PROVO — BYU's football signing class of 2018 was considered by recruiting services to be among the weakest in program history. But according to Cougar coach Kalani Sitake, this year's group of incoming freshmen has generally impressed and have developed further during fall camp than the past two groups he's overseen while in Provo.
“Our coaches really like the youth of this team and I think they help complement and give us more depth,” said BYU coach Kalani Sitake. “They’re more ready to play than other freshmen we’ve had at this time.”
Of course what players ultimately do on the field of play determines how good a recruiting class is, although practice sessions give a far greater indicator than any stars allocated or other recruiting evaluation.
Sitake took time to point out several first-year standouts, but first mentioned a particular set of four freshmen competing at one position.
“I mean, you could name them all, but I just go with the four freshmen (cornerbacks)," Sitake said. "They’re going to be something. They’re just young guys, but they have so much potential. I’m really excited about that group.”
The four freshmen cornerbacks referred to by Sitake our first-year players Isaiah Herron, Malik Moore and Brach Davis along with redshirt freshman Keenan Ellis.
One player mentioned by name was Lehi product Dallin Holker, who has seen a lot of reps playing at tight end and has subsequently been mentioned by Sitake more than once during the fall practice sessions.
“You look at the young guys on the (offensive line) and I’m really pleased with Dallin Holker,” Sitake said. “I don’t want to make statements, but he’s going to be a really good player. He’s done that all fall camp.”
Other first-year players that have seen a lot of reps and praise from coaches are former Bingham receivers Brayden Cosper and Dax Milne, along with Gunner Romney, who has seen his reps limited thus far, relative to other freshmen.
“He has big-time potential, he’s just been a little slowed by injury,” Sitake said of the 4-star receiver who was generally considered BYU's top recruit signed in 2018.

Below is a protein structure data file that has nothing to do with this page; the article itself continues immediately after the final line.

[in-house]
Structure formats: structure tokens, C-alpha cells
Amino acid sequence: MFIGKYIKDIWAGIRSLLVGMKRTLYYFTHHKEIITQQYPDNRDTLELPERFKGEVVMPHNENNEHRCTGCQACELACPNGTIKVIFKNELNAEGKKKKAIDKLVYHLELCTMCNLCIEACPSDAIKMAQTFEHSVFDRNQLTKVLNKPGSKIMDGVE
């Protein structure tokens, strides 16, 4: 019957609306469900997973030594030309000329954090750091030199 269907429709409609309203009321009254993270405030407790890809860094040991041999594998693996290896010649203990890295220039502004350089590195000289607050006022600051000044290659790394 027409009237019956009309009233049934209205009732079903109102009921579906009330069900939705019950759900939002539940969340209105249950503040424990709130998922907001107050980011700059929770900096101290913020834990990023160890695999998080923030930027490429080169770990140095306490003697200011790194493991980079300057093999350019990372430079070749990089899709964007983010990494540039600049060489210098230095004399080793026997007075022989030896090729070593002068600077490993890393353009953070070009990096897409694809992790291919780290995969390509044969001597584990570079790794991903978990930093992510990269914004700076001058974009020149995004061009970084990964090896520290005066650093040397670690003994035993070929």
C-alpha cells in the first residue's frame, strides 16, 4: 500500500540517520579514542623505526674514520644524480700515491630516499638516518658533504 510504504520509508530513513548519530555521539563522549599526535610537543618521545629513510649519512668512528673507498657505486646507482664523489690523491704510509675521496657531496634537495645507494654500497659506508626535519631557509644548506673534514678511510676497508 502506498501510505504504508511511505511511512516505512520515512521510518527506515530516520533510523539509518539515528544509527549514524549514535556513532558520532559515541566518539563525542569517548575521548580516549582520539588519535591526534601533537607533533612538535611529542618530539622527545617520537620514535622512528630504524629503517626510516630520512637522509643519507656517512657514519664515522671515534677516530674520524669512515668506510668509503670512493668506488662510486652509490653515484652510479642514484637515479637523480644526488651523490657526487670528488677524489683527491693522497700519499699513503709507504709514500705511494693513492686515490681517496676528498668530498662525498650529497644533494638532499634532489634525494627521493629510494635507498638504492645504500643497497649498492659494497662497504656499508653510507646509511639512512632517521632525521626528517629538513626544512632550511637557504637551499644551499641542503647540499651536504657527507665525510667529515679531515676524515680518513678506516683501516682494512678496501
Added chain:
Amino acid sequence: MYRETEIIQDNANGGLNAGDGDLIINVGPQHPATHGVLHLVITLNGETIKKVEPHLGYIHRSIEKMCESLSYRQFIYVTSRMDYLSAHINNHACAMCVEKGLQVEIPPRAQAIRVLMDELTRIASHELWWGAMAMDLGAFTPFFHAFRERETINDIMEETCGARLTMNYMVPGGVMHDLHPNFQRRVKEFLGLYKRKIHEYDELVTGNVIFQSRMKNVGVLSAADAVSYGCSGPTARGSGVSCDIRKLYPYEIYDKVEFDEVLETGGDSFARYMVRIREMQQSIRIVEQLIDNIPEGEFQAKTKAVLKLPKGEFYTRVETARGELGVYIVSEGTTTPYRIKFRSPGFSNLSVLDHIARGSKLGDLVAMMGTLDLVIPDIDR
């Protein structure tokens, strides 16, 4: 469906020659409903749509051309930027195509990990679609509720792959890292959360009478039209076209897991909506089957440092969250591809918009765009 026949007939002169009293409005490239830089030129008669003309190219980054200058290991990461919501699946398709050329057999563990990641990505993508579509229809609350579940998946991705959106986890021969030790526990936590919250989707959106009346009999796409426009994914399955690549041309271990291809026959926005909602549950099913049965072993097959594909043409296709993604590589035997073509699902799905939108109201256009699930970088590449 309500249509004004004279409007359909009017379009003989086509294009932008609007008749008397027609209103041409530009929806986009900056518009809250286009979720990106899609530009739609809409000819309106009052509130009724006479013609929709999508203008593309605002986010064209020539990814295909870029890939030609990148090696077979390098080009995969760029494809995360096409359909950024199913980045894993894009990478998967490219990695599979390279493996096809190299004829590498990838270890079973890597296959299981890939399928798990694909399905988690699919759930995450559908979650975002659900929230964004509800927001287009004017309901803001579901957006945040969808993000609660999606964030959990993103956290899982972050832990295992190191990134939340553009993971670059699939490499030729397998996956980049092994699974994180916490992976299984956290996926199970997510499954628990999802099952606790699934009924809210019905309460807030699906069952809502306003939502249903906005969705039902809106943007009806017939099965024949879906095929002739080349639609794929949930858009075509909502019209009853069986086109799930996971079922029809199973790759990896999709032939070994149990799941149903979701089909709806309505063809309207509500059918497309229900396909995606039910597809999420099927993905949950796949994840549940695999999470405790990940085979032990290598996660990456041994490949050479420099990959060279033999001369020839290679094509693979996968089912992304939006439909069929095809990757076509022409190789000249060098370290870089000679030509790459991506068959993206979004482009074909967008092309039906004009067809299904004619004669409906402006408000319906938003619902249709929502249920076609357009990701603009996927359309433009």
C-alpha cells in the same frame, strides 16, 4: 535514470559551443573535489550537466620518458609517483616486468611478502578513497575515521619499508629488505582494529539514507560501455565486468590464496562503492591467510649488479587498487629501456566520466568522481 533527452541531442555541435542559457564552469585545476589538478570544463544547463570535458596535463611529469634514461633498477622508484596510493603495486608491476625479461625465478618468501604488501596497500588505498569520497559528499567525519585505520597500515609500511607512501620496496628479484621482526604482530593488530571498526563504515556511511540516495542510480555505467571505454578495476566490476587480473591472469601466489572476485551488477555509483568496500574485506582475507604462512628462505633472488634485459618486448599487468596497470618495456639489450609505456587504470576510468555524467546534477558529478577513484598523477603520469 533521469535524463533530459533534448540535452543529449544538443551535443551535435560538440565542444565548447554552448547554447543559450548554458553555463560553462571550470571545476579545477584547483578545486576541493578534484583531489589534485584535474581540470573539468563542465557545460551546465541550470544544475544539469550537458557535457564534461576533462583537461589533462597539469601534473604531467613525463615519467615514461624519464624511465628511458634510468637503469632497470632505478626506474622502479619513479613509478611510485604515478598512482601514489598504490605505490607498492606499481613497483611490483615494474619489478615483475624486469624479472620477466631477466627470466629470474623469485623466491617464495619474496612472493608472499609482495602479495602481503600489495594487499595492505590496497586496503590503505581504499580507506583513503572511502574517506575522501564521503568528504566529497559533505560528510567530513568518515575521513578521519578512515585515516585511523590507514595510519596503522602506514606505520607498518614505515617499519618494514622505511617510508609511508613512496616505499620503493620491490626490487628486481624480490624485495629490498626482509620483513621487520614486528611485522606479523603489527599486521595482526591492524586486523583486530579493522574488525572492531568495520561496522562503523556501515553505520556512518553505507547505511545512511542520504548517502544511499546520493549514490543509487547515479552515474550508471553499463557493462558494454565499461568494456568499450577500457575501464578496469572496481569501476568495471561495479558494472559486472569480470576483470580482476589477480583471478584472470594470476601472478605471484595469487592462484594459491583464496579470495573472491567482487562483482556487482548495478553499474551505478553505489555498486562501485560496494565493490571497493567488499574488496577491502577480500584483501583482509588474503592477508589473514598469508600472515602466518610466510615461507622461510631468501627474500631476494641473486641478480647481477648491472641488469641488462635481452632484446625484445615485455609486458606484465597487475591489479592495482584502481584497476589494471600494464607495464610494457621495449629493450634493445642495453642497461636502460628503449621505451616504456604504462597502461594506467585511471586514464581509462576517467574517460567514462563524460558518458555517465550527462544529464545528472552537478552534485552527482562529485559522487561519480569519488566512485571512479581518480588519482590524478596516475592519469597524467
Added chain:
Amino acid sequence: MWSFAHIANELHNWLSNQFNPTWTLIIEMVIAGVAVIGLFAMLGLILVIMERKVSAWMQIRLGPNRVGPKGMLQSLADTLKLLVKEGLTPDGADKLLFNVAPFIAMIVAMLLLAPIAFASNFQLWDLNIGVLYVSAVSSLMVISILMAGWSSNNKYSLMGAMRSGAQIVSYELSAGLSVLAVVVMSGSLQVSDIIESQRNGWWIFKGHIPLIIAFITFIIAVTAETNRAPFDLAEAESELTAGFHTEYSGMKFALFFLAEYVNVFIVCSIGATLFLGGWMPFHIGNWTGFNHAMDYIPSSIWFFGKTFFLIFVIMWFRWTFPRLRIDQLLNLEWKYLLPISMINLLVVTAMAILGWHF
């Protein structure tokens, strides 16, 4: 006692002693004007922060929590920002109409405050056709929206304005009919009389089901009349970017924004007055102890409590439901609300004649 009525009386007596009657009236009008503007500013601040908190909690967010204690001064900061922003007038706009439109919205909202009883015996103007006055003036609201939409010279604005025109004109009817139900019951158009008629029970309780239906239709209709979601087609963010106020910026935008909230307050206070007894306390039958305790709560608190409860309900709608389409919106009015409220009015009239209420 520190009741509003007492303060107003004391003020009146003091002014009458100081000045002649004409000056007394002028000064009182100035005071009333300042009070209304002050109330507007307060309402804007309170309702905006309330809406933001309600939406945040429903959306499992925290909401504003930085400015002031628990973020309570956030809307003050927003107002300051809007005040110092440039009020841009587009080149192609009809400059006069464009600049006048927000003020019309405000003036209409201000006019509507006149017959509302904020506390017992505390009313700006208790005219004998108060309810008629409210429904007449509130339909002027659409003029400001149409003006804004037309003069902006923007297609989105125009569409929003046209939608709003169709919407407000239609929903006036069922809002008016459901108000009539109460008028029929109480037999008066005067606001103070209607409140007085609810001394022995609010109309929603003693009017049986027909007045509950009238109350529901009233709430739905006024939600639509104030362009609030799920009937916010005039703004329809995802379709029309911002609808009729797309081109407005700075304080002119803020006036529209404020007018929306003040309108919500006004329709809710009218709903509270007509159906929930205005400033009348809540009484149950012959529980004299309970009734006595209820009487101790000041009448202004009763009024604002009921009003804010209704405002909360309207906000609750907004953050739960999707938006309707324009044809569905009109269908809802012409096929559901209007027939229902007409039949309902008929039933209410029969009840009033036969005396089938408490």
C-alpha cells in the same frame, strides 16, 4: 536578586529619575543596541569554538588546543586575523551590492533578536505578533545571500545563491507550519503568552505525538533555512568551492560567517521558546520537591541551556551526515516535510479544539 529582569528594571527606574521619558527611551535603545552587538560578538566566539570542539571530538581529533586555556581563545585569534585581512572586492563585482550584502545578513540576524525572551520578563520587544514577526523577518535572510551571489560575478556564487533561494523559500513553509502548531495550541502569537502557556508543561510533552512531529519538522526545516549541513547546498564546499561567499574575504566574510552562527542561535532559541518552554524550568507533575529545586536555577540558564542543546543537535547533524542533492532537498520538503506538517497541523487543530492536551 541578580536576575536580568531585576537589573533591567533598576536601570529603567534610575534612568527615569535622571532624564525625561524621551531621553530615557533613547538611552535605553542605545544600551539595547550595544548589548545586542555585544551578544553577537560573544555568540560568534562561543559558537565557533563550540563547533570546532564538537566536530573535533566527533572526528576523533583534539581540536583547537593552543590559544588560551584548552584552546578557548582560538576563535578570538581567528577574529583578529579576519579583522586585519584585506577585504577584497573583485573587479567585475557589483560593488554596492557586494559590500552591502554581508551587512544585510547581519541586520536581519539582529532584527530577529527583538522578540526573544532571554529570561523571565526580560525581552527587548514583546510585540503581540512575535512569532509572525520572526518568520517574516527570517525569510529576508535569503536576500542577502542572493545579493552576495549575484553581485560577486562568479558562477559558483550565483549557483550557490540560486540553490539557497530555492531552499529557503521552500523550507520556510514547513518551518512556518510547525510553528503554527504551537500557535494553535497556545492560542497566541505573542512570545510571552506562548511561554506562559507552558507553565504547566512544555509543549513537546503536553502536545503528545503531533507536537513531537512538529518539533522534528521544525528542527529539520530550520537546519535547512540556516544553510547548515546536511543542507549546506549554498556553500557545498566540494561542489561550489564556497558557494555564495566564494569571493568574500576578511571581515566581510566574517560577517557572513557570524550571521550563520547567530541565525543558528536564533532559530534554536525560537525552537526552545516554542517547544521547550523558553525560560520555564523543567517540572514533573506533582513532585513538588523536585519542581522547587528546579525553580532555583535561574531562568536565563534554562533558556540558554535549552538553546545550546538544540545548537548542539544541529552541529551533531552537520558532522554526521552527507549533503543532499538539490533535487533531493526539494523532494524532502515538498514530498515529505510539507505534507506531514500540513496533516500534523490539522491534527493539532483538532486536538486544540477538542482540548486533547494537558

One first-year player who has impressed, although not part of the 2018 signing class is quarterback Jaren Hall. The 6-foot-1 Maple Mountain product returned home from LDS Church mission service to Roseville, California with his progress well-noted by coaches to the point where he's legitimately competing for the third-string spot on the depth chart.
"He came home in great shape. You rarely see a returned missionary that is in that good of physical condition right away," said BYU quarterbacks coach Aaron Roderick. "He was ready to play, right when he got home. He's a smart guy with a fast release and he's accurate. He's fighting to be in the mix out here and he has a bright future."
As far as developing physically, Hall gives at least some of the credit to an understanding mission president.
"My mission president — he was a big BYU guy," Hall said with a big smile. "So he managed to keep me on some bikes my last couple of months."
PUNCHING PAU'U BROTHERS: Senior linebacker Butch Pau'u doesn't mix it up much with his younger brother, sophomore receiver Neil Pau'u much on the practice field, but did recall one particular moment where he laid little brother out when running a pattern across the middle.
"I was kicked out of practice for it," Butch said. "There was (some extra motivation), but he punched me back, so we're all even now."
RETURNERS TO BE DECIDED: No one has been chosen to handle kick- and punt-return duties, although Sitake mentioned that there were several in the mix, including receiver Dylan Collie and Aleva Hifo, along with defensive backs Dayan Ghanwoloku and Michael Shelton.
“It’s just a matter of who is going to be the punt returner and who is going to be the kick returner,” Sitake said. “So we’ll get that ironed out here in a little bit. We’ll probably rotate some guys there and give them a look. I think we’re going to have more than just one guy to do it.”